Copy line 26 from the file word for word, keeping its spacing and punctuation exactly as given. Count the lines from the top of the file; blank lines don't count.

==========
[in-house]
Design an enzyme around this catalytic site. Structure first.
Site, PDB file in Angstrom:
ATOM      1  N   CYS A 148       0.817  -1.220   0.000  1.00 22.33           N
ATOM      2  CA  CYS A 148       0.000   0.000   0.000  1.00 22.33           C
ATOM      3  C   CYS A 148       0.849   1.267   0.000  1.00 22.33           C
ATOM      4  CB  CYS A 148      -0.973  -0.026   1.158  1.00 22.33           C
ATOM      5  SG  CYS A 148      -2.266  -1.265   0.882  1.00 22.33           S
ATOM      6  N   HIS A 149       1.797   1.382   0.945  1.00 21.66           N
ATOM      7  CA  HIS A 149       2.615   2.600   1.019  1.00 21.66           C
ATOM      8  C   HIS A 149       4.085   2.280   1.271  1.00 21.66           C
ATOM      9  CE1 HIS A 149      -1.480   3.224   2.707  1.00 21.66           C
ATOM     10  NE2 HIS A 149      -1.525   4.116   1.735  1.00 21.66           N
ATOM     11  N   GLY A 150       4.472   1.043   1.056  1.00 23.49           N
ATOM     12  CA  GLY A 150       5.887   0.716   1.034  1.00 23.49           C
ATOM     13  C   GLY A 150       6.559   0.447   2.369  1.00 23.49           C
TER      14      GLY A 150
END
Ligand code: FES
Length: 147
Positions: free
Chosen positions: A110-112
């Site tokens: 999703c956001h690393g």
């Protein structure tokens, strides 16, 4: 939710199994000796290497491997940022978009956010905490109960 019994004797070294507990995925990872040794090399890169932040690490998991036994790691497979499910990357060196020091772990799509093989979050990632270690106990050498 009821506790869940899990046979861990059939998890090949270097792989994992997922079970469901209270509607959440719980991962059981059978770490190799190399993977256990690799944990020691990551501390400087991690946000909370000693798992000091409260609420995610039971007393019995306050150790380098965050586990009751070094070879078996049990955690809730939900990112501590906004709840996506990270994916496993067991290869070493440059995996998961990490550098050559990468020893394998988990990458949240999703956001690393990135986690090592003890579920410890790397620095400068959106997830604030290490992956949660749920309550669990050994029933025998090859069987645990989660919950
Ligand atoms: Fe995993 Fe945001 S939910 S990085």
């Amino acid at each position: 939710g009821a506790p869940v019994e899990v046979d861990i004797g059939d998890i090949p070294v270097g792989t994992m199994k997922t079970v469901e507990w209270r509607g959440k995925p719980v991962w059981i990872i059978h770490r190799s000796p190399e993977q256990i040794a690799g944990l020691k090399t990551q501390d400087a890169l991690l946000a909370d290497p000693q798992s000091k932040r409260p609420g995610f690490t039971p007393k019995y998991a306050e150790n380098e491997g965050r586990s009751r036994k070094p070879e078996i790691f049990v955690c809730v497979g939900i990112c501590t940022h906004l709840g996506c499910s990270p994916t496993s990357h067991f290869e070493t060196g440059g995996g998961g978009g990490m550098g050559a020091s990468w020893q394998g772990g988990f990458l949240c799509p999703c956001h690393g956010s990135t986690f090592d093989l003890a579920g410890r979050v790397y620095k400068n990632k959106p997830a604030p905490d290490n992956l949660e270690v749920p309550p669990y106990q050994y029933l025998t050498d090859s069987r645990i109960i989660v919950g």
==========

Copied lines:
């Amino acid at each position: 939710g009821a506790p869940v019994e899990v046979d861990i004797g059939d998890i090949p070294v270097g792989t994992m199994k997922t079970v469901e507990w209270r509607g959440k995925p719980v991962w059981i990872i059978h770490r190799s000796p190399e993977q256990i040794a690799g944990l020691k090399t990551q501390d400087a890169l991690l946000a909370d290497p000693q798992s000091k932040r409260p609420g995610f690490t039971p007393k019995y998991a306050e150790n380098e491997g965050r586990s009751r036994k070094p070879e078996i790691f049990v955690c809730v497979g939900i990112c501590t940022h906004l709840g996506c499910s990270p994916t496993s990357h067991f290869e070493t060196g440059g995996g998961g978009g990490m550098g050559a020091s990468w020893q394998g772990g988990f990458l949240c799509p999703c956001h690393g956010s990135t986690f090592d093989l003890a579920g410890r979050v790397y620095k400068n990632k959106p997830a604030p905490d290490n992956l949660e270690v749920p309550p669990y106990q050994y029933l025998t050498d090859s069987r645990i109960i989660v919950g």